Contents


Hardwood Slug Mold for Chamber Impact Slugs


Any source of hardwood material will do.  Hardwood flooring, old ax handles (one cavity mold), seasoned firewood (needs to be sawed to usable size and shape), etc.

The mold in this example was selected from dry, seasoned White Oak slabs that I use for firewood. I used a table saw to shape a nice piece into a smooth uniform block that was pre drilled for corner wood screws and then sawed into two equal halves to create a temporary mold for casting impact slugs for four different chambers. ( 25-20, 30-30, 38-55 and 45-70).







Carefully slide the shank of different sized drill bits into the bore of each firearm that you plan to use for an impact impression. (My drill bits have dings on the shank so I carefully slid the flute sections into the bore to check for fit. If you do this,be very careful to avoid damage to the riffling and barrel crown.)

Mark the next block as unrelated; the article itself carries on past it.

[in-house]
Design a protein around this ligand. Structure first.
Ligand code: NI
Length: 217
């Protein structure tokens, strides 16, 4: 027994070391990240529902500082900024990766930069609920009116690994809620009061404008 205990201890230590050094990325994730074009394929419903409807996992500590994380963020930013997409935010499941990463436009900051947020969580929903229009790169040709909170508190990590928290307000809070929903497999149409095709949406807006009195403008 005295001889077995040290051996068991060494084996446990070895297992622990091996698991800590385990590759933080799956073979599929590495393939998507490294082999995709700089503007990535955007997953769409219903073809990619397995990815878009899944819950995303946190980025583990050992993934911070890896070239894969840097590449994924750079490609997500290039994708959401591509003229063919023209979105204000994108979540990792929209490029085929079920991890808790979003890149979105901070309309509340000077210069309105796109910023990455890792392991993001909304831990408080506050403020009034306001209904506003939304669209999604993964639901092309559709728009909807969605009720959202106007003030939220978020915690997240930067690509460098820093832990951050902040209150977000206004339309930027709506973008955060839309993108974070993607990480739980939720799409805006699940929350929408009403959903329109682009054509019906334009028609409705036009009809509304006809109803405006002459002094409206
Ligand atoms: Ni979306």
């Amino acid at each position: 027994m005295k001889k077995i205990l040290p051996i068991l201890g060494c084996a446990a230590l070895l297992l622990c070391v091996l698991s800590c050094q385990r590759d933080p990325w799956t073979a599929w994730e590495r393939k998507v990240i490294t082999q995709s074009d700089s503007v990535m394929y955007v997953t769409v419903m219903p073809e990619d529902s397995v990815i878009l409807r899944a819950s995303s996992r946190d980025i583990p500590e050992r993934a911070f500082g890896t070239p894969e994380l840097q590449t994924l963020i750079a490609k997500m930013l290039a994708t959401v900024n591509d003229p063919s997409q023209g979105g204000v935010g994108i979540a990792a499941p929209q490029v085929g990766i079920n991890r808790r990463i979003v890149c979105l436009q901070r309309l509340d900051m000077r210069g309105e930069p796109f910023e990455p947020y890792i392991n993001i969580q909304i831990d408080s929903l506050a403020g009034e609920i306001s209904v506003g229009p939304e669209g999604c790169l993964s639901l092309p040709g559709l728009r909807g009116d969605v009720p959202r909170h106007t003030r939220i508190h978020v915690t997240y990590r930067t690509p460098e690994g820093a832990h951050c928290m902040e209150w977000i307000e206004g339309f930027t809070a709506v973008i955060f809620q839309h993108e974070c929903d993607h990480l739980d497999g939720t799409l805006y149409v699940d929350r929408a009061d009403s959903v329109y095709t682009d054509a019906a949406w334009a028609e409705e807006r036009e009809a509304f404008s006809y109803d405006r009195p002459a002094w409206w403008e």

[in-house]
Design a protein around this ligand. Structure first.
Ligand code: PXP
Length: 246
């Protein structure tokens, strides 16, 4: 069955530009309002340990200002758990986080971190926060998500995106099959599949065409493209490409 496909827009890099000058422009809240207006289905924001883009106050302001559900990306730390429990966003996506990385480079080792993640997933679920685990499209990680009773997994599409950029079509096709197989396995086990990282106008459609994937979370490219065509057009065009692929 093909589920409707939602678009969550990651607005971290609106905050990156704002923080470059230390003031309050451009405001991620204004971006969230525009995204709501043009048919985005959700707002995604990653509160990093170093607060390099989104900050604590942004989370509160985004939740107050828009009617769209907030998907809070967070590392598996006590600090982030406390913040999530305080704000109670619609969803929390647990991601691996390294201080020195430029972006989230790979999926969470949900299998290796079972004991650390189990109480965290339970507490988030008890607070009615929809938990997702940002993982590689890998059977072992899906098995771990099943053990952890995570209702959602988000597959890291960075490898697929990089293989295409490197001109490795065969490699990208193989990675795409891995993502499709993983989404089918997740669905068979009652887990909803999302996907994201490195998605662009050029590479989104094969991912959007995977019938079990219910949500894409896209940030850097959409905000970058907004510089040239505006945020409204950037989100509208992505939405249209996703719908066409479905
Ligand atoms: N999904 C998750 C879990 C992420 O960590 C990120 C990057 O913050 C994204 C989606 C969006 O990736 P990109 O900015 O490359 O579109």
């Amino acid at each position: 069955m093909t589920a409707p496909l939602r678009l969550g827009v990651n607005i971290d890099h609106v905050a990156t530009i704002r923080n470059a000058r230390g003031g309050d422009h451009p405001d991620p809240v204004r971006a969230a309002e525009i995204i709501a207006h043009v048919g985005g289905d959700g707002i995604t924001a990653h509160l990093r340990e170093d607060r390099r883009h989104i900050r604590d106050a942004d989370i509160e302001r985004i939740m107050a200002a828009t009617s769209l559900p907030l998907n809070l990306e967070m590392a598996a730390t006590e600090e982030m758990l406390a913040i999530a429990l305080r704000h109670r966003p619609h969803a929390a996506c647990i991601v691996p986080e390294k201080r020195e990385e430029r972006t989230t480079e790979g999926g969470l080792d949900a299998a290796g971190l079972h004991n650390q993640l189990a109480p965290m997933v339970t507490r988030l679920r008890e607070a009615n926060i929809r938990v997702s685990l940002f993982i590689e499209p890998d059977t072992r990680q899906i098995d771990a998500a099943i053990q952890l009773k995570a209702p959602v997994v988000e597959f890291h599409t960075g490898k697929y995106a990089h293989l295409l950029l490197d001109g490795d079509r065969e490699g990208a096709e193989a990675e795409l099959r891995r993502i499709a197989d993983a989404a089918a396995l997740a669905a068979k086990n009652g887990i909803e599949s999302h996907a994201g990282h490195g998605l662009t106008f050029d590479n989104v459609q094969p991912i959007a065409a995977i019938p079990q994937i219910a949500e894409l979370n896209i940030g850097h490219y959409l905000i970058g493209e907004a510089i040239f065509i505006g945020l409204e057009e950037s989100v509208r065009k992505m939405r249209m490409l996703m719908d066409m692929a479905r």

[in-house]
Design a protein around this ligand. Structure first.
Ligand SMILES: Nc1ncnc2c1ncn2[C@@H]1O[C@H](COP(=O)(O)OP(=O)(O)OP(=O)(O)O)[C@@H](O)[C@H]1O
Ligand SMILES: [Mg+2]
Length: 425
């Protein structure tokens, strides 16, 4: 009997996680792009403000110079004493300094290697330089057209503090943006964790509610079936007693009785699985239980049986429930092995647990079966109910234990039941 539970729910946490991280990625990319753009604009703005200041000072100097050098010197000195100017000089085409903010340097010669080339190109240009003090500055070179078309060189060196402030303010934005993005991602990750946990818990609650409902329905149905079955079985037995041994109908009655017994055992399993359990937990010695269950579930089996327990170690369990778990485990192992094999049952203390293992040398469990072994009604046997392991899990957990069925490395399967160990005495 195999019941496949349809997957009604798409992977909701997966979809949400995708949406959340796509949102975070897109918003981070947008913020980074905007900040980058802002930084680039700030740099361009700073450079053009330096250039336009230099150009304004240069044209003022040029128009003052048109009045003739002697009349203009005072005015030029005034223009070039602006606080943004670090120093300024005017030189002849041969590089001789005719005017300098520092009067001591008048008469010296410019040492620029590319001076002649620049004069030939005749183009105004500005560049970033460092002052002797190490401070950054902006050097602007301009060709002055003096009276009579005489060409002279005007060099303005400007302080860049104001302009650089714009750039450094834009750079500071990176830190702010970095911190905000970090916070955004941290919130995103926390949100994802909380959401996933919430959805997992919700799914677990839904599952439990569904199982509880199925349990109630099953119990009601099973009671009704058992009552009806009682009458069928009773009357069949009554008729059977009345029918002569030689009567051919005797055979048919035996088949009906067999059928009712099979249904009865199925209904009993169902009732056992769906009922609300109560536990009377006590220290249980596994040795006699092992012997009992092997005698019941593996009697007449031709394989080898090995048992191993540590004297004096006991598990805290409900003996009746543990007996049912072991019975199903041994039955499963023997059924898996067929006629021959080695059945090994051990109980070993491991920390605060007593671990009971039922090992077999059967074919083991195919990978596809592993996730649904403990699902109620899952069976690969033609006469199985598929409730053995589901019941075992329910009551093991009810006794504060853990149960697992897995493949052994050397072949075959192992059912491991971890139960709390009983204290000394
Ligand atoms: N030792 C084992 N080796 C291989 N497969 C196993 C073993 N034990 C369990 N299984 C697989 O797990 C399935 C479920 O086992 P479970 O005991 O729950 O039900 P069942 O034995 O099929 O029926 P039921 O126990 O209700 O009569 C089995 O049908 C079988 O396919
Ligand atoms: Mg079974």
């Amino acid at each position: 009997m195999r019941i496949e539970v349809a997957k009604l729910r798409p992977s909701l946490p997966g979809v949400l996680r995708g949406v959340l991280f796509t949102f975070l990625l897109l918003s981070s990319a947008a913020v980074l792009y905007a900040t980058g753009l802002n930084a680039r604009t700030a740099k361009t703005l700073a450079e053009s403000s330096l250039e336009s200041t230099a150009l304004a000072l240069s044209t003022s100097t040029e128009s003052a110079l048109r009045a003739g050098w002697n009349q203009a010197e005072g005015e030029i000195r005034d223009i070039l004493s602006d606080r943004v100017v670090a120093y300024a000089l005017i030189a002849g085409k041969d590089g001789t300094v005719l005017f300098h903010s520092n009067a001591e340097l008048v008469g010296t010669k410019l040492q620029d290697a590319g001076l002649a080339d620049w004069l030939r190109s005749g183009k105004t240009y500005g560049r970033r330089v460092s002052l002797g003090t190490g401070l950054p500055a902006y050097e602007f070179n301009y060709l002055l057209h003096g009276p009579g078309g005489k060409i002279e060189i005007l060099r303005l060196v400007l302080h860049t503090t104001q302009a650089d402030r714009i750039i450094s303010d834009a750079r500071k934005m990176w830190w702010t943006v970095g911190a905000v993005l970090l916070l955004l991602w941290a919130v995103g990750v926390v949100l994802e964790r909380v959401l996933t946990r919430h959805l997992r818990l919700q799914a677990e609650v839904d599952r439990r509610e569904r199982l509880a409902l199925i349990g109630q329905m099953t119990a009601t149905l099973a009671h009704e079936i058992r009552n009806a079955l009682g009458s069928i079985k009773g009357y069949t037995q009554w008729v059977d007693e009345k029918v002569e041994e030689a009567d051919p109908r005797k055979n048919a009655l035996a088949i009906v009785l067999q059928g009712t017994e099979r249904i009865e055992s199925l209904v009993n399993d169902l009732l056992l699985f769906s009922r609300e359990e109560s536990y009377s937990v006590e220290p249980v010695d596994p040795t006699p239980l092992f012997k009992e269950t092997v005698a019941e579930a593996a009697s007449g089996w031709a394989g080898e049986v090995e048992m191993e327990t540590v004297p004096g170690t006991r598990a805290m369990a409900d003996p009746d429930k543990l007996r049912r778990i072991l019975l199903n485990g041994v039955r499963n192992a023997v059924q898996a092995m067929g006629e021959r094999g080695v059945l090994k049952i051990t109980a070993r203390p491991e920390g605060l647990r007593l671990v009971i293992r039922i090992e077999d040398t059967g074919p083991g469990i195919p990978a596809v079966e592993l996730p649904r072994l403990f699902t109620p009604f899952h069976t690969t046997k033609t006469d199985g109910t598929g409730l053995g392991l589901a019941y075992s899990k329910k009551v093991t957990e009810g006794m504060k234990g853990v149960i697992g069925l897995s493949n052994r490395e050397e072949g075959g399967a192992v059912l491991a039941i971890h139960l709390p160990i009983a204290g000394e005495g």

Tighten the mold alignment screws then chuck a small pilot drill into a drill press and drill a pilot hole for each selected drill bit size. If using a hand drill, tighten the alignment screws enough to leave a small space between the mold halves to center and guide the pilot drill . When the pilot holes are drilled, carefully align and drill the holes to bore size with the pre selected drill bits.







Heat the pure lead alloy to about 50 degrees above melt temperature. (The hotter the lead, the more charring will occur in the cavities so keep the alloy relatively cool). Pour enough lead into each cavity to leave a small puddle on the top of the mold.  Unscrew the guide screws, use a screwdriver to pry apart the mold halves then use a hammer and punch to strike the slugs on the sprue portion to remove them from the blocks. 






Straighten the slugs, scrape off any flashing and whiskers then roll each slug between the back half of the mold sections to further even and smooth the slugs.  Cut each slug to a suitable length for each caliber.






Copyright 2014. TMT Enterprises. All rights reserved.